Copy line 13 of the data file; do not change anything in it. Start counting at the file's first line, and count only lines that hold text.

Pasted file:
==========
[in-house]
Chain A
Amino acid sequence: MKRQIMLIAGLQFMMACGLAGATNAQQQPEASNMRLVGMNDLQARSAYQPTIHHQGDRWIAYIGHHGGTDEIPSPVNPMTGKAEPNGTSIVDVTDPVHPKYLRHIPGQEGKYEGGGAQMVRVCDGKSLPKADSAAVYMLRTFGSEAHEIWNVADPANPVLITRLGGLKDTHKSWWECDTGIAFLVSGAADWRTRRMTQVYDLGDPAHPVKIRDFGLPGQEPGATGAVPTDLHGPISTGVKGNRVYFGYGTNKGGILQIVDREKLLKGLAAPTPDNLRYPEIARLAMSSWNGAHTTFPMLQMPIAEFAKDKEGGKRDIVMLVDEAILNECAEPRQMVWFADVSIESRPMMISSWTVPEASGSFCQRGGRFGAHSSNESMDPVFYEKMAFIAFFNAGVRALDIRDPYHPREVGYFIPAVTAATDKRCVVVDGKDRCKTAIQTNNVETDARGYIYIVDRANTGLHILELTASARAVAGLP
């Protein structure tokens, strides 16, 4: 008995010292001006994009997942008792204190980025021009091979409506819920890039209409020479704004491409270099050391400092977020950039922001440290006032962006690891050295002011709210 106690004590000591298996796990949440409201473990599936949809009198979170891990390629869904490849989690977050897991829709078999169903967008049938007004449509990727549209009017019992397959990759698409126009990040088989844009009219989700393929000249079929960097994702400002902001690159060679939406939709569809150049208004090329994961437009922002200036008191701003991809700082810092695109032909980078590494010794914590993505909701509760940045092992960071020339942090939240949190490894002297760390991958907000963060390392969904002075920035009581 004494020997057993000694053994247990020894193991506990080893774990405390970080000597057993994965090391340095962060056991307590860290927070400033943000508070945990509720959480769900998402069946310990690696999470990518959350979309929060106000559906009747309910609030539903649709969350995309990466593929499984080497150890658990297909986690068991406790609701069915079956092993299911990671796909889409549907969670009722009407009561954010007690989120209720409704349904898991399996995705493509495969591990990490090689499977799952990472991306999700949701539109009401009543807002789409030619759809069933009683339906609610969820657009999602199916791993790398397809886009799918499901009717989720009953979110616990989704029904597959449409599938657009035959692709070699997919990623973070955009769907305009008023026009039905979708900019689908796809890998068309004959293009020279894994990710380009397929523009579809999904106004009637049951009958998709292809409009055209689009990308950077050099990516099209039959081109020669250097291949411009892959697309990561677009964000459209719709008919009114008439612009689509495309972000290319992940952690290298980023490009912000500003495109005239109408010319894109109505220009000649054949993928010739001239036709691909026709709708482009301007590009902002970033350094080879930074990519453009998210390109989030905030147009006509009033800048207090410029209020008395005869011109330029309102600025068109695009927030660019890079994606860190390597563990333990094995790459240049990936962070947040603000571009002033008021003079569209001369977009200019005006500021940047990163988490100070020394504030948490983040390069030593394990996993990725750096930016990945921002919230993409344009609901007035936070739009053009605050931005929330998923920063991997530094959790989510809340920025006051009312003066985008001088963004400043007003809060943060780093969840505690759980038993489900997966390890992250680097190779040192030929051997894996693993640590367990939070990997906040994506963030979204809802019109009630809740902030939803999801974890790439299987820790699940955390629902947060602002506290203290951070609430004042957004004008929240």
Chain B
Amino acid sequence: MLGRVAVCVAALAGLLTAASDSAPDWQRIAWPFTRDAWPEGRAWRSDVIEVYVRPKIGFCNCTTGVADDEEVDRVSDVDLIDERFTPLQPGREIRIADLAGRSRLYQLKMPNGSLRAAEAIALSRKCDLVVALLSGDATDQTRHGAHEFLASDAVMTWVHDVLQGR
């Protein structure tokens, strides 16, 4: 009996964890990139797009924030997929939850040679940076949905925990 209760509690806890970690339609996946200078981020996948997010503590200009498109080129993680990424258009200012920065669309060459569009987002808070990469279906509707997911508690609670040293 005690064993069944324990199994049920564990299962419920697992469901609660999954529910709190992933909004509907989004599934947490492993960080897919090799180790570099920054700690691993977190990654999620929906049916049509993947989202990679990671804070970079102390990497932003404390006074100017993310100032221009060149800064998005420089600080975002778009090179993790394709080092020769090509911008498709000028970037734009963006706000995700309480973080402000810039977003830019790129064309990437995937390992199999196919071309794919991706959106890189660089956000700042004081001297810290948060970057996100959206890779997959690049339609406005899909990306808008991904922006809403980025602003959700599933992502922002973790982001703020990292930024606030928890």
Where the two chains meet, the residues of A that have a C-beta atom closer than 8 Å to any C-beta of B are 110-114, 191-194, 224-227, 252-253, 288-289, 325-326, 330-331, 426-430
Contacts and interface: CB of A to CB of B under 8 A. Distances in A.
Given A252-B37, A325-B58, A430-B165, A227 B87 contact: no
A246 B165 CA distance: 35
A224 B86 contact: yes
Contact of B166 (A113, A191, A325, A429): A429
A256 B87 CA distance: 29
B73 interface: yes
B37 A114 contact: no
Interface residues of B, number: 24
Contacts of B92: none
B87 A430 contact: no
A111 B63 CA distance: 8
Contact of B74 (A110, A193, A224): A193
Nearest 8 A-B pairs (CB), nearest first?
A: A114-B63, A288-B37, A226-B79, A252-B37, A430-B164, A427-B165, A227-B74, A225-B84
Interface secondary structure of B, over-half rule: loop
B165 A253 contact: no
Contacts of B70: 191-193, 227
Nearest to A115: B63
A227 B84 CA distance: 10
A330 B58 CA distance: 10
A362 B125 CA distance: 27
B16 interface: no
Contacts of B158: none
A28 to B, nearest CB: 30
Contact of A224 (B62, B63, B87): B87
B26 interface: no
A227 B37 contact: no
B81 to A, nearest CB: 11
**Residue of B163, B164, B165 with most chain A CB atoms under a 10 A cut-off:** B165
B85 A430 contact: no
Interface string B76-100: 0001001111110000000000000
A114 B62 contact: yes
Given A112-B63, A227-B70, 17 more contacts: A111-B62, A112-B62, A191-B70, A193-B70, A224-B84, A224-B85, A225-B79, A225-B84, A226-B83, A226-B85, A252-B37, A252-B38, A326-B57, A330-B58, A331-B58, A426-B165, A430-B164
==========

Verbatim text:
Contact of B166 (A113, A191, A325, A429): A429